(d) Heads of executive departments and agencies shall, to the extent consistent with law, make available to the Secretary, for the housing and care of alien families pending court proceedings for improper entry, any facilities that are appropriate for such purposes. The Secretary, to the extent permitted by law, shall be responsible for reimbursement for the use of these facilities.

Nothing new.

(e) The Attorney General shall promptly file a request with the U.S. District Court for the Central District of California to modify the Settlement Agreement in Flores v. Sessions, CV 85-4544 (“Flores settlement”), in a manner that would permit the Secretary, under present resource constraints, to detain alien families together throughout the pendency of criminal proceedings for improper entry or any removal or other immigration proceedings.


In 2017, Sessions tried to get the Ninth Circuit to remove a consent decree that limits the amount of time minors can be held in detention. The Ninth, naturally, refused because Trump is Satan. This is not going anywhere but it is a nice bit of jujitsu to hoist the Ninth by its own petard and have it decide that family detention is not allowed. If the Ninth doesn’t give relief on the detention issue, then we are right back to where we are today wish the illegal minors being placed in a group home type environment pending the outcome of the parents’s case.

Sec. 4. Prioritization of Immigration Proceedings Involving Alien Families. The Attorney General shall, to the extent practicable, prioritize the adjudication of cases involving detained families.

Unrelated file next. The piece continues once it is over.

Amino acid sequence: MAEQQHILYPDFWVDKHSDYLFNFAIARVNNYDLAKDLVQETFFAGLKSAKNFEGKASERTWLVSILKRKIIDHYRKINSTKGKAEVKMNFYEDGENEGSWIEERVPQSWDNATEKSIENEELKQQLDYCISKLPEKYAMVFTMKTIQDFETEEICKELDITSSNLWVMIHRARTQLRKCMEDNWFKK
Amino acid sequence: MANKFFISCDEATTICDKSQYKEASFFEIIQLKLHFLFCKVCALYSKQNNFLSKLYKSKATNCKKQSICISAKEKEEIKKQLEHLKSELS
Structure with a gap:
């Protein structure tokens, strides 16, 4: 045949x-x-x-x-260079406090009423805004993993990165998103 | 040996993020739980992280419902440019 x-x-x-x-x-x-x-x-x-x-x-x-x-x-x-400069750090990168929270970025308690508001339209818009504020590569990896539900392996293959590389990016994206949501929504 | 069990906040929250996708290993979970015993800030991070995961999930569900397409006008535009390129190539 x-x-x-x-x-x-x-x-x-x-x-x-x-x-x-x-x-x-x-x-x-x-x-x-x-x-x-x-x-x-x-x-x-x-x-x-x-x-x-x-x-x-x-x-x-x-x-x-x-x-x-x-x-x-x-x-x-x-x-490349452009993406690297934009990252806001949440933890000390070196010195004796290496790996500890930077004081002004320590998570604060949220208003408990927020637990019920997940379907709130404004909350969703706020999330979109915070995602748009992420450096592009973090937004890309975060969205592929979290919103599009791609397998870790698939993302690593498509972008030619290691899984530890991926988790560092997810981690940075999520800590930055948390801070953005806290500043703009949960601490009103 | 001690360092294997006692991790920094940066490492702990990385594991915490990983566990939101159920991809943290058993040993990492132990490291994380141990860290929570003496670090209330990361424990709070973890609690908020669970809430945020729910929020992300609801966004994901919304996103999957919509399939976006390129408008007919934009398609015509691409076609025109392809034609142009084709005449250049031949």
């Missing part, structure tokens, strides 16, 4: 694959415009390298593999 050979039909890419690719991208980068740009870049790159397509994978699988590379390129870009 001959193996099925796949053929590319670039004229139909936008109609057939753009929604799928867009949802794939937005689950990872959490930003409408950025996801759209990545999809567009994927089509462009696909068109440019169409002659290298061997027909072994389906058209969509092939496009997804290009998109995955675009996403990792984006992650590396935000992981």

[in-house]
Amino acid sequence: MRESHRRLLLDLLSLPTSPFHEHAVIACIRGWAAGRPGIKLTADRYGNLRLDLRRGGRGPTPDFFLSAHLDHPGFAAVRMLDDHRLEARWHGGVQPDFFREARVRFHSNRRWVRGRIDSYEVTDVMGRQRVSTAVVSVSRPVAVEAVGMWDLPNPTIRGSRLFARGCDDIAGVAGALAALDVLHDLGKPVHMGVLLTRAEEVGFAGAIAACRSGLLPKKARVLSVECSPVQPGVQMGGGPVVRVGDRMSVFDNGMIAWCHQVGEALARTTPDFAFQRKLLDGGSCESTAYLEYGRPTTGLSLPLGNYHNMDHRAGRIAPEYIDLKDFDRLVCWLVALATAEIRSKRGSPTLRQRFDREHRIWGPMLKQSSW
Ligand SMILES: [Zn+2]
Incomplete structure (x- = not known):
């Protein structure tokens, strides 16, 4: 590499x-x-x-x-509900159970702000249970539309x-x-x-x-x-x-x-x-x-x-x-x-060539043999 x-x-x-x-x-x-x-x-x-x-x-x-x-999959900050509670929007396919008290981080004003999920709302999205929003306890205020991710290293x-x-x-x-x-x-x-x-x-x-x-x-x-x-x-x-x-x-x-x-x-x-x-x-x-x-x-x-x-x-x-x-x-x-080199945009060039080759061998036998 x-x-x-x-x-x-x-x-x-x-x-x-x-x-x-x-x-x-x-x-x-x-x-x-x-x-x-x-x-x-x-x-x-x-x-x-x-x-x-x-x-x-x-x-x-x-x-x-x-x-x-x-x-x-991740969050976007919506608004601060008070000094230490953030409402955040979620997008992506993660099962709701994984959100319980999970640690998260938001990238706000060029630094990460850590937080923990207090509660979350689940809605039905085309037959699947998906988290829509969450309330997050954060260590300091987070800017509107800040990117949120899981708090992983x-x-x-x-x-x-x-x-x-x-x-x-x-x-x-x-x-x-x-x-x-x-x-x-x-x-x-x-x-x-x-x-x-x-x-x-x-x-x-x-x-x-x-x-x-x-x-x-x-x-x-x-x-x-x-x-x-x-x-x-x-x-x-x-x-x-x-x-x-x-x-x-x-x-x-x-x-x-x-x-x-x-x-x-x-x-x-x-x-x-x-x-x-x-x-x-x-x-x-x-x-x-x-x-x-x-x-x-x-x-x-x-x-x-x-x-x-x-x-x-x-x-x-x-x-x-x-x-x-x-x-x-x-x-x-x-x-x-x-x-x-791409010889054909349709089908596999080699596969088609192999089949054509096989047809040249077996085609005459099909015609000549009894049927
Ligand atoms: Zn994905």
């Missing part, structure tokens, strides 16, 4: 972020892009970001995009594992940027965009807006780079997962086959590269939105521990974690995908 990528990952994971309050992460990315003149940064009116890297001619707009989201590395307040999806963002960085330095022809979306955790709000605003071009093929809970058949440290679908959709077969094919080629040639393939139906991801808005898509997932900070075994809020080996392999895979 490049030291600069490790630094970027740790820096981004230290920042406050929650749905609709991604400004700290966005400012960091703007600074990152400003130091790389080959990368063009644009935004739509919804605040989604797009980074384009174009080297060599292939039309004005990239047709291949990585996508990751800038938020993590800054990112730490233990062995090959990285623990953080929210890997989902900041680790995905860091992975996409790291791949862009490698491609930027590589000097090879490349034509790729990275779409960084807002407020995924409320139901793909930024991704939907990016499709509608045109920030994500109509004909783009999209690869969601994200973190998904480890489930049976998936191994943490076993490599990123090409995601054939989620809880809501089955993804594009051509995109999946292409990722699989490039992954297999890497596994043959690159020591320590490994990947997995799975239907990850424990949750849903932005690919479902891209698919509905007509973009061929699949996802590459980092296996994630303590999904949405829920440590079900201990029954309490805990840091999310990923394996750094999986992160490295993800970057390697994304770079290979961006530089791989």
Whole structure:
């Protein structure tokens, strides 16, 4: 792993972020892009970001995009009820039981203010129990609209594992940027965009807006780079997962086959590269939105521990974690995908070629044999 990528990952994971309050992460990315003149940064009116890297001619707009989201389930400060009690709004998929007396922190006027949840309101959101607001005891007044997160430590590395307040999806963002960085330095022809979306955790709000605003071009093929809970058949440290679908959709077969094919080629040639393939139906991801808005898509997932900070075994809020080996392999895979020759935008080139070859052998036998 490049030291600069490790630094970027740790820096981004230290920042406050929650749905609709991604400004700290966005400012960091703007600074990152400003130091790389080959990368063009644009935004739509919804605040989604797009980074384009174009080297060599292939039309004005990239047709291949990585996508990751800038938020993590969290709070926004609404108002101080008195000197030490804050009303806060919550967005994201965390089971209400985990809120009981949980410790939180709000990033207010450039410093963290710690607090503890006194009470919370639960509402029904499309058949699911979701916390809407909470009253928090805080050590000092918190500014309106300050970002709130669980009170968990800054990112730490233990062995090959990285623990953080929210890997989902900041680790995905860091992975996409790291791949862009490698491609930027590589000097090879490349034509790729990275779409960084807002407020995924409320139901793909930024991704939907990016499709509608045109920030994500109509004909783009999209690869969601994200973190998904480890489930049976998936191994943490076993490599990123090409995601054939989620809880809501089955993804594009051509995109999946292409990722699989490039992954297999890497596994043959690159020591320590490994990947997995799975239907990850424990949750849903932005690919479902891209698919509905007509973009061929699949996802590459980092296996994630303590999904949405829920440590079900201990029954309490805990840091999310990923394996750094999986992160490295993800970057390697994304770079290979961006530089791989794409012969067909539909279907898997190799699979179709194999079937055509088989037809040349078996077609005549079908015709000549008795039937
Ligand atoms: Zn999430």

I don’t know if this is a new thing or not. I’m pretty sure the existing policy is first in, first out.

Sec. 5. General Provisions.

(a) Nothing in this order shall be construed to impair or otherwise affect:

(i) the authority granted by law to an executive department or agency, or the head thereof; or

(ii) the functions of the Director of the Office of Management and Budget relating to budgetary, administrative, or legislative proposals.

(b) This order shall be implemented in a manner consistent with applicable law and subject to the availability of appropriations.

(c) This order is not intended to, and does not, create any right or benefit, substantive or procedural, enforceable at law or in equity by any party against the United States, its departments, agencies, or entities, its officers, employees, or agents, or any other person.


Section (a)(i) is key here. The administration is making clear that this order is not binding it to do anything that it doesn’t have to do.

My assessment (IANAL) is that this is an order about nothing. It says the government is not going to relent from zero tolerance and that, if necessary, it will comply with the consent decree that limits detention. At the end of that time, however, we are right back to where we are today. In Reno vs. Flores, the Supreme Court ruled by a 7-2 majority that unaccompanied minors could be held unless there was a “close relative” available to take custody of them. If their parents are in jail or an adult detention facility, then they can’t have custody of them.

Here are some takes via Twitter:


As I’ve said repeatedly, the opposition to this detention process which is two decades old has zero to do with kids and everything to do with open borders.